Minimum Wage Increases: Economic Snake Oil

January 29, 2013
Senator Stephen Sweeney (D-Gloucester) has the cure for our economic ailments, ...

Senator Stephen Sweeney (D-Gloucester) has the cure for our economic ailments, …

Checking out the news of the day on facebook, a friend posts this article for our consideration, courtesy of ThinkProgress:

New Jersey Governor Vetoes Minimum Wage Increase

The New Jersey Governor at issue is Republican governor Chris Christie. The tone is not celebratory. My facebook friend lamented: “Really, he might as well just go re-flood people’s homes.” Is it that bad? I’m not convinced.

The thrust of the article is that the people of New Jersey would have bathed in fountains of prosperity, if only the governor would have been willing to force employers to pay their employees more money. The bill, as it was passed, would have increased the minimum wage from its current $7.25 to $8.50. Christie vetoed the bill conditionally, saying he would sign it if the increase were lowered to $8.25 and phased in over three years. This was not good enough for Pat Garofalo, the author of the ThinkProgress piece, who reasoned:

As the New Jersey Policy Perspective noted, “the first year increase proposed by the governor of 25 cents will be erased by inflation by the time the third year kicks in its 25 cents.” Here are more benefits that Christie denied to working New Jerseyans:  Read the rest of this entry »


Links for December 5, 2011: OccupyPhilly evicted, Jury Nullification speech under fire; Newt sounds half reasonable sometimes; others….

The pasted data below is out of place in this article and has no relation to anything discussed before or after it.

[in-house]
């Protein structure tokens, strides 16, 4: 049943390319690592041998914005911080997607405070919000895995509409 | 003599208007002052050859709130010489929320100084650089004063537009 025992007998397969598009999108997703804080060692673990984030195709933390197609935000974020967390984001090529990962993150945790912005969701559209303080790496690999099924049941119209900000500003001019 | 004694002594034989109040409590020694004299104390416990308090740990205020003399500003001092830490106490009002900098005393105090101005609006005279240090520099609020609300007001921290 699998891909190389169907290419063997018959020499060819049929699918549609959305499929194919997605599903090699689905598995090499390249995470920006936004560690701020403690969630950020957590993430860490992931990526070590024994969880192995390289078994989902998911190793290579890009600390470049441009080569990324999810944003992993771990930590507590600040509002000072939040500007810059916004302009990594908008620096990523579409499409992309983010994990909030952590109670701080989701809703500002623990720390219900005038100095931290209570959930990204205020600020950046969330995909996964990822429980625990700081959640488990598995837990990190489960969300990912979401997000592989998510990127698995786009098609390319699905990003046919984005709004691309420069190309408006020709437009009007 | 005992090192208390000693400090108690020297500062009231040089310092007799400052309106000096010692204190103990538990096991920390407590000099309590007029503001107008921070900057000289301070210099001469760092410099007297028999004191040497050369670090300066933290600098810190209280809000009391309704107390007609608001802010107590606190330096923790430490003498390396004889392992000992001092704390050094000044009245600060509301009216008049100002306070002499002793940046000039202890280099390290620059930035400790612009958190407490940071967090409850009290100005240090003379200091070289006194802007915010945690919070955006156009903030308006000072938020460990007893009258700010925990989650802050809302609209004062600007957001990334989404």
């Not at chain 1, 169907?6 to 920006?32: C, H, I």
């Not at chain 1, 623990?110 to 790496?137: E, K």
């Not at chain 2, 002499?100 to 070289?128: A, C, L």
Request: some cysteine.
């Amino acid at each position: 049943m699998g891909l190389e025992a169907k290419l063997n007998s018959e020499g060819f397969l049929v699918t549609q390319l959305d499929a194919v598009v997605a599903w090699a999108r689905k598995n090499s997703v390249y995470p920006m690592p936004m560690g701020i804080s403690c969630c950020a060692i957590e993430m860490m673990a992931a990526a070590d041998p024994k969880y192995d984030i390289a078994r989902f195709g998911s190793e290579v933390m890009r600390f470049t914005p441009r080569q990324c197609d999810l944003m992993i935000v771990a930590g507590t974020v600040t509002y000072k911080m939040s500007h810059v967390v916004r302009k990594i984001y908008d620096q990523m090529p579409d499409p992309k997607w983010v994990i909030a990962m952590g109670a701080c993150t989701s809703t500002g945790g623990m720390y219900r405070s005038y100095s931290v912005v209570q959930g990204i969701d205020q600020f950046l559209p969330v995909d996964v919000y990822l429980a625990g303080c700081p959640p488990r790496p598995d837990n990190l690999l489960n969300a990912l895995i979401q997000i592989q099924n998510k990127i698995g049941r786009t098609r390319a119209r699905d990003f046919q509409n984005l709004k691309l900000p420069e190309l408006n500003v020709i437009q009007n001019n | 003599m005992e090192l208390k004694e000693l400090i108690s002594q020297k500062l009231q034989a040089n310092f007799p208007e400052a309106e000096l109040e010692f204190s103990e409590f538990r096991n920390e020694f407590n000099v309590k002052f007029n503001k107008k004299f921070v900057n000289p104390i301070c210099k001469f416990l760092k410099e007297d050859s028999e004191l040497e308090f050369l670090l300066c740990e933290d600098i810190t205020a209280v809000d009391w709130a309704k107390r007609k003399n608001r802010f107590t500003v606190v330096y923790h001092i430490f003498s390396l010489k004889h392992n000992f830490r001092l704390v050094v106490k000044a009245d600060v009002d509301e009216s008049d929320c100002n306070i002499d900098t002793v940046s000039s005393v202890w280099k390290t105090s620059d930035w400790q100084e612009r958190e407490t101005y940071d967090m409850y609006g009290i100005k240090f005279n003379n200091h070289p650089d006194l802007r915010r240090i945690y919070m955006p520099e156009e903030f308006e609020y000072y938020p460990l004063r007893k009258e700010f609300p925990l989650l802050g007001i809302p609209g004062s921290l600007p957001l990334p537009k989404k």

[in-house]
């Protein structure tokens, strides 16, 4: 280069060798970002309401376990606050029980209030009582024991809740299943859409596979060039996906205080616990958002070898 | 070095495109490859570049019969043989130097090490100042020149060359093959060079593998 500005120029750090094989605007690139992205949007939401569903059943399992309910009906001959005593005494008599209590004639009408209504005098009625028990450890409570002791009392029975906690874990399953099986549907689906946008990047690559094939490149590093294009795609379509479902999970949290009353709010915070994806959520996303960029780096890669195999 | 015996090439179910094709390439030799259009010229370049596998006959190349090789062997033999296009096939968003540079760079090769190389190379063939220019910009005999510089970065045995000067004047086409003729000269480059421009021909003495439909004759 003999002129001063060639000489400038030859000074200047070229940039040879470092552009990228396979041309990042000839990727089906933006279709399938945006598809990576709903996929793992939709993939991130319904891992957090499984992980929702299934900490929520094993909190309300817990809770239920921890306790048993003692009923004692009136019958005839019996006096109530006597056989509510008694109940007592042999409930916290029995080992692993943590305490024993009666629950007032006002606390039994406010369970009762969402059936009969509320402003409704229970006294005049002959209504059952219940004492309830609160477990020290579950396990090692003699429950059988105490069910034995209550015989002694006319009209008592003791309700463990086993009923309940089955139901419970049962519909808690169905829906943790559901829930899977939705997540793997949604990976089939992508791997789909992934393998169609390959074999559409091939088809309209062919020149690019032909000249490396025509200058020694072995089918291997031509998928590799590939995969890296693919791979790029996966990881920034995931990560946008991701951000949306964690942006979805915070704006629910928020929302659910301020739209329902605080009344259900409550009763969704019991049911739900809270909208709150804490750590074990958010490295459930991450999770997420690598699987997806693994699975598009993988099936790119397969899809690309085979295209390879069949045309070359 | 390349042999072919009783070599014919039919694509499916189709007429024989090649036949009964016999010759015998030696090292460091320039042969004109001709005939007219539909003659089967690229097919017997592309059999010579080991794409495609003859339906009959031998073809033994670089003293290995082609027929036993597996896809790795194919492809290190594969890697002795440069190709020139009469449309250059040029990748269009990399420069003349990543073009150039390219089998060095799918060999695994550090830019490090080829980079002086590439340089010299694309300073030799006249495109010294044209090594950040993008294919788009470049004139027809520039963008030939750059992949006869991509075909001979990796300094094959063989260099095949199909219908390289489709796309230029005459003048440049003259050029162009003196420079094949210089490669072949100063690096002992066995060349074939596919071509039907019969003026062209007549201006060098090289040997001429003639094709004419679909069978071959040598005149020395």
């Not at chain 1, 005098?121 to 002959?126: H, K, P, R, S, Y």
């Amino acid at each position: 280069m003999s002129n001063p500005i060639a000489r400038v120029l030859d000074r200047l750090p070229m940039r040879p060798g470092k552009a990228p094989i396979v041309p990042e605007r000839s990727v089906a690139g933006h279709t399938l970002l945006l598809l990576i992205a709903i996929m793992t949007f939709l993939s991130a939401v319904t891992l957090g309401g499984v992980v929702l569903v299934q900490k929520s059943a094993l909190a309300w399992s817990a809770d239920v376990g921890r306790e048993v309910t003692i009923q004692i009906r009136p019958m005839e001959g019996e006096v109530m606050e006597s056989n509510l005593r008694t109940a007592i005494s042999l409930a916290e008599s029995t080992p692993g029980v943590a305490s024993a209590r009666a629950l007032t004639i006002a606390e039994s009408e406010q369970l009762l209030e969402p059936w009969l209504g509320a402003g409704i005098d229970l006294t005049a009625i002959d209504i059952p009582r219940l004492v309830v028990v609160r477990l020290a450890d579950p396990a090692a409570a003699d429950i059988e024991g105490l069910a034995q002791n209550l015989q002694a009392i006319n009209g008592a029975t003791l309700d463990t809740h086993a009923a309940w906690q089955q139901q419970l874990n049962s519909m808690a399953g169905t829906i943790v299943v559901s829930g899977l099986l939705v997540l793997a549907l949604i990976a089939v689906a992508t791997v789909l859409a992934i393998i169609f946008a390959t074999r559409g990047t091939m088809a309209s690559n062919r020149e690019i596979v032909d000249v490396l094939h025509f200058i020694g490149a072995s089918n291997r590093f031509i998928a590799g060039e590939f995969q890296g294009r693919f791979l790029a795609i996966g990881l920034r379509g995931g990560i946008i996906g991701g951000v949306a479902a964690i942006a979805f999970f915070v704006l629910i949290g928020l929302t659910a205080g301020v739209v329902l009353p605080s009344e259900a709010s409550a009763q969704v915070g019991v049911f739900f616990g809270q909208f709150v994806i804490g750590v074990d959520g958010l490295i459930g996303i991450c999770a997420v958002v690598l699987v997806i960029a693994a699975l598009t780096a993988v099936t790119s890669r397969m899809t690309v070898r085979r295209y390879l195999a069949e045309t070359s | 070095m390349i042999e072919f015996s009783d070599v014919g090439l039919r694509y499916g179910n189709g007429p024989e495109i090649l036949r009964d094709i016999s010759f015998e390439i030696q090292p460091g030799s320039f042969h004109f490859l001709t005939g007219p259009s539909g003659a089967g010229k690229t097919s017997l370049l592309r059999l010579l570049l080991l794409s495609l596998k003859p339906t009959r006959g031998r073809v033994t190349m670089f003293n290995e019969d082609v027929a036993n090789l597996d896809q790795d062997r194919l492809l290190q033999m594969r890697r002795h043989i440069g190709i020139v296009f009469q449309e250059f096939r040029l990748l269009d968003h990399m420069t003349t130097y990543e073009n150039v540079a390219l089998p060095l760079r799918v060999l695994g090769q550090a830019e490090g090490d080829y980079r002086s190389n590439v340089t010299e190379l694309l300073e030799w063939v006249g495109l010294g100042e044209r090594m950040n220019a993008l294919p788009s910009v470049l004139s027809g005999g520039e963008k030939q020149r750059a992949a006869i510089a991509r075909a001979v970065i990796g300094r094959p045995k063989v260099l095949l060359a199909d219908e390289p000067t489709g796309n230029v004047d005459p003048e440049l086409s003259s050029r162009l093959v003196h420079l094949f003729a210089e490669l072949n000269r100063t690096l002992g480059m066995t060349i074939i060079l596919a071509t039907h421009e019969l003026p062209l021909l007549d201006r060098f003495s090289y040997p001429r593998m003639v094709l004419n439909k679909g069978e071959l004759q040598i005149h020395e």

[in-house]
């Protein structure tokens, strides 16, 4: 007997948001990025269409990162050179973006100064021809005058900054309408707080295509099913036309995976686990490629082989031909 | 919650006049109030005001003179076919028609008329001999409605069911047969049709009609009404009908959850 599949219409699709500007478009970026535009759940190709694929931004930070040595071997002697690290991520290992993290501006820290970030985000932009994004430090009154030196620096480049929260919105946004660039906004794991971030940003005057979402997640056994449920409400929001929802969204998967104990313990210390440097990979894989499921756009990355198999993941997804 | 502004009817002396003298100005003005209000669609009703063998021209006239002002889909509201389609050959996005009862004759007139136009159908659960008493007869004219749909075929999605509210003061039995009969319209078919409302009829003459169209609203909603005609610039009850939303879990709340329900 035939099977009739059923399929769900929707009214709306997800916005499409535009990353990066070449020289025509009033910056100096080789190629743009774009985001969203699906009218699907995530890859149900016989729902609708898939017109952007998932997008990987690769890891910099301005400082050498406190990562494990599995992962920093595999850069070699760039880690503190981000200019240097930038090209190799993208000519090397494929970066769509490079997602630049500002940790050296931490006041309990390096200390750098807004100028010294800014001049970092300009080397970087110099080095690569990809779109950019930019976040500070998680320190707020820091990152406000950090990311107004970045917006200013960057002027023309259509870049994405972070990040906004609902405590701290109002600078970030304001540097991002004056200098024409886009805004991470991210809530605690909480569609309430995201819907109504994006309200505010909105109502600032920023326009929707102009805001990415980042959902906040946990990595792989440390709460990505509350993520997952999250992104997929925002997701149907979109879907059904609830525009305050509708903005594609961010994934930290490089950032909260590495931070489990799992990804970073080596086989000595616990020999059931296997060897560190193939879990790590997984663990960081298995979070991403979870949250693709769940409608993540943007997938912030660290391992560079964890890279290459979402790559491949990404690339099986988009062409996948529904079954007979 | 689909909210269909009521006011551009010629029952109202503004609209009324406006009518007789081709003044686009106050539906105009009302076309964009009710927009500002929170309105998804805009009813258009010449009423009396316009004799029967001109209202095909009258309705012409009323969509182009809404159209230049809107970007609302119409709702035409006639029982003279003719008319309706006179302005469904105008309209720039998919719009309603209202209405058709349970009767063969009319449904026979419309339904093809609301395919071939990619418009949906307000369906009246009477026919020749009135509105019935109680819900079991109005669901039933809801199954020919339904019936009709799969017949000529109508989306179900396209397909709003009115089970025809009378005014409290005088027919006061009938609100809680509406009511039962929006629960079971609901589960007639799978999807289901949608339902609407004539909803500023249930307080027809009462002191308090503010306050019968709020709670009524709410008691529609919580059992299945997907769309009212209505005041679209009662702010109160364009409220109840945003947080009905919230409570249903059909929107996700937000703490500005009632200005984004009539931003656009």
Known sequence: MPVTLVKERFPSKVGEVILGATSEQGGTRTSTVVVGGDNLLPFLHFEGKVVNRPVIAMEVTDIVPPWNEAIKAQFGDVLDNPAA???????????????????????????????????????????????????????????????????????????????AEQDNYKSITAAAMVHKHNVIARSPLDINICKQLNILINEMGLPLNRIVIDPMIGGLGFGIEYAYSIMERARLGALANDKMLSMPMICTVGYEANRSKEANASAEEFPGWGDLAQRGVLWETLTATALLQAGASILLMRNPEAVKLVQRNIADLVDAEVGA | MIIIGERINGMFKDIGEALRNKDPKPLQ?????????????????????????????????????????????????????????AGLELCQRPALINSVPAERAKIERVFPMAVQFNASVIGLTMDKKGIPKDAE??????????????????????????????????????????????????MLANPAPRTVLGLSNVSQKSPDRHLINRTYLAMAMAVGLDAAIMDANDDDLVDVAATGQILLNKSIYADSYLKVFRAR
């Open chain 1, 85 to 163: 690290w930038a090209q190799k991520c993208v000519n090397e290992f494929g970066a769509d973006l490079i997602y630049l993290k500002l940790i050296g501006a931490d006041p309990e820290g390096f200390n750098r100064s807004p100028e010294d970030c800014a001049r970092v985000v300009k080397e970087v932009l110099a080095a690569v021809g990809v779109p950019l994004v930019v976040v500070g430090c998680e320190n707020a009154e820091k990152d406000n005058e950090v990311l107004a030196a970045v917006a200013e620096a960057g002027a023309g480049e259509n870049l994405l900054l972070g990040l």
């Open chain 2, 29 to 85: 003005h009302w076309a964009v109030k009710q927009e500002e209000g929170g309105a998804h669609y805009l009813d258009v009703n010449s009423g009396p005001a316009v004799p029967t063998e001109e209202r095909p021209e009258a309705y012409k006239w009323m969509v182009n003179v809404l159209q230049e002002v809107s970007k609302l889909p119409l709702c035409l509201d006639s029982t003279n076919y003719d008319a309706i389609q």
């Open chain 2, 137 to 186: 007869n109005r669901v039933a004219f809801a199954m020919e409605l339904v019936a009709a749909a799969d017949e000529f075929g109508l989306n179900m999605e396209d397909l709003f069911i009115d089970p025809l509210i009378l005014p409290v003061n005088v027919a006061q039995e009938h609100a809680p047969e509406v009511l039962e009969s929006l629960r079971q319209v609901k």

December 3, 2011
  1. In spite of the “police state” rhetoric, I think Philly has still handled the Occupy movement better than other municipalities. This eviction was undertaken so that a long-planned construction project could begin in Dilworth Plaza.

  2. A facebook friend wrote, “This is how Philadelphia police treat non-violent protesters.” Not quite. Police did not just up and drive a horse through a permitted demonstration. Those who disobey orders to disperse are no longer mere protesters. They are then civil disobediencers. Police up the ante at that point. I’m not denouncing the protesters. Good for them–but let’s be honest about what happened.

  3. Prosecutors are offering their first detailed explanation for why they charged Mr. Heicklen, arguing in a brief that his “advocacy of jury nullification, directed as it is to jurors, would be both criminal and without Constitutional protections no matter where it occurred.”

    The key phrase is “directed as it is to jurors”.  Read the rest of this entry »